The point is learning to feel what you're doing right is where you stop being inconsistent. :)

So, practice, take mental notes, and repeat... and repeat... and repeat :)

Best of luck with your journey

Paul
 

garyhaywood

Well-Known Member
not changing the subject. how much pressure are you guys using when dilucoting?. I have good results with and with out pressure. in general i tend to use just enough pressure needed to keep the razor in place. I have used extra pressure at times. I no how much pressure bart uses as i have watched him hone. I can say from watching bart he uses some pressure, more than i was using. the only thing with pressure that worrys me is it is easy to get carried away and end up with uneven bevel width. As i say i have great edges with light pressure. so it makes me wonder . i tend to use as i have said just enought to keep the razor on the hone .

gary
 

Paul

Well-Known Member
I recently returned honing without my finger on the blade, but I use a touch of pressure (whatever feels comfortable holding the razor by the tang only so it's not much). On occasion, I to add pressure the way Bart does.
 

danjared

Well-Known Member
Bart said:
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The irony is that the thread title is "Inconsistency". What else should one expect from a motley language such as English? The funny thing is that one of the closest living languages to English is Dutch (disregarding the heavy influence of French thanks to the Norman invasion). :D :D

But back on topic, Paul is spot on. There are no shortcuts to the learning process of honing. All the tips will help with reducing frustration, thus increasing the likelihood of eventual success. But at the end of the day, the only way out is through.
 

Drybonz

Well-Known Member
Well, I thought I should post again regarding my ongoing learning process.

I honed the Le Grelot again and brought it back to the original state I had it in... being that it now provides a fantastic shave (I used it this morning). Instead of using the unicot method, as I had planned, I decided to be patient and resolute with the dilucot method, and this time it paid off.

The unfortunate this is that I cannot really provide any insight as to what things I did differently, or better. I think everyone's advice to just keep practicing is about the best advice a person could give. Although I didn't use my Le Dressante for that razor, I have been practicing with it as well, and I think the hand honing, with that stone, has been helpful, even when going back to my larger bench stone (LPB ) because I am starting to get a good feel for the blade on the stone, thanks to having the stone in my hand.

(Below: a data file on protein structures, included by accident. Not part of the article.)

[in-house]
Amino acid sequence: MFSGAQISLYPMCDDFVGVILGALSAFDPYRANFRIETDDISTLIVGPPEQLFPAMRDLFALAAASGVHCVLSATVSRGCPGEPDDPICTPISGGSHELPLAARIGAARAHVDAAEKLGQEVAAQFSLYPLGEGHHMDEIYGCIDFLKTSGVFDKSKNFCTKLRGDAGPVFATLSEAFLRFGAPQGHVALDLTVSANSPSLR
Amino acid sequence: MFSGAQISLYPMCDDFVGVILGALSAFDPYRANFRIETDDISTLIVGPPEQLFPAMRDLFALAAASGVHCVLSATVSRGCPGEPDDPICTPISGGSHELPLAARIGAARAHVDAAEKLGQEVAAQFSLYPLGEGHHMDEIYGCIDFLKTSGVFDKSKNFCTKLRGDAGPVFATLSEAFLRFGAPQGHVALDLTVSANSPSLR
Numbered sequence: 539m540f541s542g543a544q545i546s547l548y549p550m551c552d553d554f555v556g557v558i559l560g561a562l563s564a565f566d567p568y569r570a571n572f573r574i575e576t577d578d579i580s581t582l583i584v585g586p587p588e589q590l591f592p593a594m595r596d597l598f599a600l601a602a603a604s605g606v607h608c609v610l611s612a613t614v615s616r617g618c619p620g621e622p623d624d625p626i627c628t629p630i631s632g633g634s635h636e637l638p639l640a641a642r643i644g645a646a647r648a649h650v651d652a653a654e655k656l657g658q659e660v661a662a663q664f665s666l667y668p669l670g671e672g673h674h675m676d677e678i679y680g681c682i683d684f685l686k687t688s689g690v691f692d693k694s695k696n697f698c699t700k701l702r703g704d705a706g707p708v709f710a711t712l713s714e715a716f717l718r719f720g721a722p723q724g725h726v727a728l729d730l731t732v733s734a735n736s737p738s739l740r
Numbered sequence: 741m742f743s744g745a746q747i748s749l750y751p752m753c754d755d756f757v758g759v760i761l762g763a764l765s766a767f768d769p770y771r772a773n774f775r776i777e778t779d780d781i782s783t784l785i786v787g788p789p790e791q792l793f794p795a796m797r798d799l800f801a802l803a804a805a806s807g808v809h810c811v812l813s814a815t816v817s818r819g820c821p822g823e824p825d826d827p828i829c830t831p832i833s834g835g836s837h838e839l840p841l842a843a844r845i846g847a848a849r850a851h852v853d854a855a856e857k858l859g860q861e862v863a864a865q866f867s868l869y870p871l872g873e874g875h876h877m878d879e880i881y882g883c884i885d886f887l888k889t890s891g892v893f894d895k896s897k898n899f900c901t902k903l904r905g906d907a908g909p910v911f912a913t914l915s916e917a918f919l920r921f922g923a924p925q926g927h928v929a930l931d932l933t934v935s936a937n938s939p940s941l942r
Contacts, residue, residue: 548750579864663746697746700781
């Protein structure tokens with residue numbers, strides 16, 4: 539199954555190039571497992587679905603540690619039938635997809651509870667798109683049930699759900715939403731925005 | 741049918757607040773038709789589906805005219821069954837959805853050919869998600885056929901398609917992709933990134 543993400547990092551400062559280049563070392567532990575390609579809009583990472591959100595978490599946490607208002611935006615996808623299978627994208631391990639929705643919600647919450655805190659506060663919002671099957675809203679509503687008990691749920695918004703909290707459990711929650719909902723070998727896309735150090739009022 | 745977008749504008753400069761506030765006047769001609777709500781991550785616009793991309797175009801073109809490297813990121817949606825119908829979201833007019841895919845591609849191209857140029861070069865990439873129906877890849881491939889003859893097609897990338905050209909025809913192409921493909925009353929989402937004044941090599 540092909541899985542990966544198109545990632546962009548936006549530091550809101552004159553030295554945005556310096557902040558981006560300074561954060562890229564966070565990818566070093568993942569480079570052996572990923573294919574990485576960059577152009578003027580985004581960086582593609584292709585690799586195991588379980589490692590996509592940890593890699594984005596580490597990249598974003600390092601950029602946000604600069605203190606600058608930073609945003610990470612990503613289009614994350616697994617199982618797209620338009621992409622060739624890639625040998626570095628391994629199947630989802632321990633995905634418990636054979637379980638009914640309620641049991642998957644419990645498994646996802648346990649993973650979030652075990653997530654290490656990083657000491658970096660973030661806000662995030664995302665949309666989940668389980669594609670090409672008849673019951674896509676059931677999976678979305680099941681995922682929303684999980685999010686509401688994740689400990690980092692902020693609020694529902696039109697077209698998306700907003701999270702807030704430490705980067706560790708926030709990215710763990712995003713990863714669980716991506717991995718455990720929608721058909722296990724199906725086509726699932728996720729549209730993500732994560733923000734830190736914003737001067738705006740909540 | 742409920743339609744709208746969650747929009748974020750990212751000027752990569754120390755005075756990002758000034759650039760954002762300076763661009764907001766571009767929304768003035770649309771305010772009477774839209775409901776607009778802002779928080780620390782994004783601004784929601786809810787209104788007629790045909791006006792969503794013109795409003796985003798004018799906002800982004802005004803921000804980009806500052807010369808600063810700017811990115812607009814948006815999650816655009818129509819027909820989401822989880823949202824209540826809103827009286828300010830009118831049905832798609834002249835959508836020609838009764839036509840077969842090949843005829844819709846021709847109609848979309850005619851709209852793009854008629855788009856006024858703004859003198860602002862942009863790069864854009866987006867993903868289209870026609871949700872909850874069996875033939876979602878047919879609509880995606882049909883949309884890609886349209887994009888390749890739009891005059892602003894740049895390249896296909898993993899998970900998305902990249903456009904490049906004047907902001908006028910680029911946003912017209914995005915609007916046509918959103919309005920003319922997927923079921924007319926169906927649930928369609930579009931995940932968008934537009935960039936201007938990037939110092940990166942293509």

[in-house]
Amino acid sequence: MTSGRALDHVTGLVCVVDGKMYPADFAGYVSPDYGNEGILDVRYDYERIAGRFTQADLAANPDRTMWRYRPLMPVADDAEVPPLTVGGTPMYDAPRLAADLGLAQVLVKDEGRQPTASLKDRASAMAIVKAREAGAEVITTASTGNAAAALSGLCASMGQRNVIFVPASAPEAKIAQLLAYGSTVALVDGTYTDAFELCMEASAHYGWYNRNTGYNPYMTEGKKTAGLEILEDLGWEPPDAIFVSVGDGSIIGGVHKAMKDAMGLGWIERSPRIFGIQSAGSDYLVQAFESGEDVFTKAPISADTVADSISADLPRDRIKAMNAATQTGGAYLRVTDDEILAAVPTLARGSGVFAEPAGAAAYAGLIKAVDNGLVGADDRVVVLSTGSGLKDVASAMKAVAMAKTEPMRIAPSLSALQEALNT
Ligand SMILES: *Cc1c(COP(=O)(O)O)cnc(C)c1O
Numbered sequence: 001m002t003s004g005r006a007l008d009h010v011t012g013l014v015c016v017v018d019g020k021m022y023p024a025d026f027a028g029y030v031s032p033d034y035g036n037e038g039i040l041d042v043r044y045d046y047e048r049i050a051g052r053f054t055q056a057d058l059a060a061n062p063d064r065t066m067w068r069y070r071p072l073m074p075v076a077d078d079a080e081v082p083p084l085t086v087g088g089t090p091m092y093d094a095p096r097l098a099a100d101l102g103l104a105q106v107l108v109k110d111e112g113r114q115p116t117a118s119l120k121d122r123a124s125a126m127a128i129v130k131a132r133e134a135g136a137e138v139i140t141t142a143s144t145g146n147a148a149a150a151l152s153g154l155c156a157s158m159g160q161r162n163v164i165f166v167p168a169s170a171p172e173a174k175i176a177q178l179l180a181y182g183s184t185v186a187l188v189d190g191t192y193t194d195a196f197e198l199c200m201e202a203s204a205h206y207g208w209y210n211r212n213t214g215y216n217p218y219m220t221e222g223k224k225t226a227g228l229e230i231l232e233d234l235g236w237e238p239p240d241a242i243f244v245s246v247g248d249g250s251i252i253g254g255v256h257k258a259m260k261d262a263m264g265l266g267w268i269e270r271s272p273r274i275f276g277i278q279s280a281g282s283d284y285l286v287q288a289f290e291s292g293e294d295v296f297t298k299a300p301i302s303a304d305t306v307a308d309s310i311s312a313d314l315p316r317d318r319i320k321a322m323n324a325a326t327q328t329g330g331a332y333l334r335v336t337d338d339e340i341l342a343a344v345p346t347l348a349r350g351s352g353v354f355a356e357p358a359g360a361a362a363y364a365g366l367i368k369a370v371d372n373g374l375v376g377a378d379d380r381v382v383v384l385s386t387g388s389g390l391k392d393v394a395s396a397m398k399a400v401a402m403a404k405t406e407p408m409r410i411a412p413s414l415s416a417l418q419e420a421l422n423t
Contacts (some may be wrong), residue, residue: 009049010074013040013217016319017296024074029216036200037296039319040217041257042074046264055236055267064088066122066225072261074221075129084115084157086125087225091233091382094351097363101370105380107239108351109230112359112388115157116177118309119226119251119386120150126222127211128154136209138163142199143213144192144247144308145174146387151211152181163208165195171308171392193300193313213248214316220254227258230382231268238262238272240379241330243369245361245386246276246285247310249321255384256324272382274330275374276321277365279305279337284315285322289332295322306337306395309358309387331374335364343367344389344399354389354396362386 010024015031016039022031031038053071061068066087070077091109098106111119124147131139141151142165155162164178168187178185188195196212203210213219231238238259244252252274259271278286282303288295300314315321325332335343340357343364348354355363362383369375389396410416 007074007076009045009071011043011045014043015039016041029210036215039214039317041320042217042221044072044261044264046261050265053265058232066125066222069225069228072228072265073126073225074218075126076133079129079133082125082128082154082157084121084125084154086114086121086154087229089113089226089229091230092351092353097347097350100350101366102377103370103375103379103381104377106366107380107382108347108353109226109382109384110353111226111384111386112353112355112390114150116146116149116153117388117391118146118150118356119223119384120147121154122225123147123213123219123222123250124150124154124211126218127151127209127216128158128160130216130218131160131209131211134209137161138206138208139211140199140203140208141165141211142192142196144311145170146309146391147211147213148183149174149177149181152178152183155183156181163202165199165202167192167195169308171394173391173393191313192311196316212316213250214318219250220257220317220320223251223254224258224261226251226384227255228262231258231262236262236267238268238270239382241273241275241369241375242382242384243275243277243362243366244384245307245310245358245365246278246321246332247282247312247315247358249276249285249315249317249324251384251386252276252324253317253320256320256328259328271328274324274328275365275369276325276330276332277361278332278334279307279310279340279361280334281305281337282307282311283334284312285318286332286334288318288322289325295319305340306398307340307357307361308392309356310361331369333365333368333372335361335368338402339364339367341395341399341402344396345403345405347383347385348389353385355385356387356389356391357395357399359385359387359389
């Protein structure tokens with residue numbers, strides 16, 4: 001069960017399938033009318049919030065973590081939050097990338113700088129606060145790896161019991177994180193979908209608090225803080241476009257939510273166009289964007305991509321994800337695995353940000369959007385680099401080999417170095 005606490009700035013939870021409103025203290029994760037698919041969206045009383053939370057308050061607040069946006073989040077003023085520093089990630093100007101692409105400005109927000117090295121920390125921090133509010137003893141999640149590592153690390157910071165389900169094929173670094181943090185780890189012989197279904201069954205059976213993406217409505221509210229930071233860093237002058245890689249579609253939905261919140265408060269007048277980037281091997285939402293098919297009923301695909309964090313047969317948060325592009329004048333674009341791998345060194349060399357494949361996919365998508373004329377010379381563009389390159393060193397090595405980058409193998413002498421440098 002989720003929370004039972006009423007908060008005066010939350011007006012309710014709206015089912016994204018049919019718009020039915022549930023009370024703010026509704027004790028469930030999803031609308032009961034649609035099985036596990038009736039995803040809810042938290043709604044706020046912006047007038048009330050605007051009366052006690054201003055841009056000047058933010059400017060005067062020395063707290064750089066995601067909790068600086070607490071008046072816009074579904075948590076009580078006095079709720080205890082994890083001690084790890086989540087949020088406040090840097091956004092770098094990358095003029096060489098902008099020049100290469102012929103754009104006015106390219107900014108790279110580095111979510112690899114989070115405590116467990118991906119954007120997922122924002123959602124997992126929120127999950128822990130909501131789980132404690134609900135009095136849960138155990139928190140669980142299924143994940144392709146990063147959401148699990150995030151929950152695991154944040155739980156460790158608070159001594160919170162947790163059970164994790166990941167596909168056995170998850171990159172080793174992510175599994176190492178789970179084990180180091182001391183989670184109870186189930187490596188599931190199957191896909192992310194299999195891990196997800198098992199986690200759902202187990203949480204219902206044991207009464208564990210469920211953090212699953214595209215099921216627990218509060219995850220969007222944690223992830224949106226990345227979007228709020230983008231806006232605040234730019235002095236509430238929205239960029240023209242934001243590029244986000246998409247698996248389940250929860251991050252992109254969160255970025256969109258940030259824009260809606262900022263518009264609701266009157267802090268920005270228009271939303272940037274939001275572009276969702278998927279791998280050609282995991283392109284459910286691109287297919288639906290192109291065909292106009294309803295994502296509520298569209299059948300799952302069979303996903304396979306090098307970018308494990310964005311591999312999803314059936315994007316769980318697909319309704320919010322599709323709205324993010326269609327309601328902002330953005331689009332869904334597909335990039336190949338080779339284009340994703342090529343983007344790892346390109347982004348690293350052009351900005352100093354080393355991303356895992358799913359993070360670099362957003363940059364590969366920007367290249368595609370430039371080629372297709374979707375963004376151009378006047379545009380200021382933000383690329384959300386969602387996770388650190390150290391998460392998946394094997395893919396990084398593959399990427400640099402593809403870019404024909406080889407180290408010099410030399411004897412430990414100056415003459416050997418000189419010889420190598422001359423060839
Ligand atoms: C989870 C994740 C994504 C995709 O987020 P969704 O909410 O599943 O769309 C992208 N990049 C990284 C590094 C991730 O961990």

Anyway, just wanted to resolve this thread a bit... thanks to everyone for the advice. I am really enjoying this learning process... even when I hit some barriers. I wish I had discovered all of this years ago. :)
 

DJKELLY

Well-Known Member
Drybonz said:
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Firstofall, I have a friend who is full blooded Turk and he let me know that there are no spelling bees in the Turkish language because all words are spelled exactly as they sound. What a concept.

Secondofallandtherealpoint, you really could benefit from sharpness markers in the honing process. Honing with the stone in the hand provides much better tactile feedback as Paul was suggesting. Thumb pad tests are good for those who use them a lot, but the Mac Daddy is the hht, and you should really find a way to make it work with a consistent sample of medium to coarse, clean hair. We have talked about it so much that it is easy to forget that someone maybe hasn't researched here to get the finer points, but some are:

---hold the tip end of the hair so you slice into the shingles of the hair. Turn it around if you don't have success and maybe keep a known very sharp edge handy to test the test hair

---moisten the hair slightly

---clean the edge with tissue before testing

---use a little speed in the cut if you don't get results by laying the hair on the edge. I hold the hair vertically and slice away from me in a slightly upward angle, adding speed if necessary to see if I am getting close

---if right off the hone, you will need to do some light strokes, maybe a bunch, or five or six laps on linen or similar to further clean an edge that is close.

---try close to the point of hold first

In the dilucot method, I can get a good HHT at the final dilution, before straight water. Of course it gets better further along.

I am sure there are more hints, but that is all I can come up with at the moment. The key is a consistent hair sample that you are familiar with, and even then you will run into small variations. The first time you get a successful HHT it feels like a real breakthrough.

After saying all that, the true Mac Daddy to me is just as Paul has said and knowing when to stop by the feel of the honing process. This really does take time to master and the HHT might slow the acquisition of that skill. It is all experience and you will get better and better. You have no choice if you stick with it. Of course, Chris is excluded.

D
 

Drybonz

Well-Known Member
I feel kind of silly saying this but I can't get the HHT to work on any razor... this includes razors I have honed, and that have been honed by a pro. Is it my hair?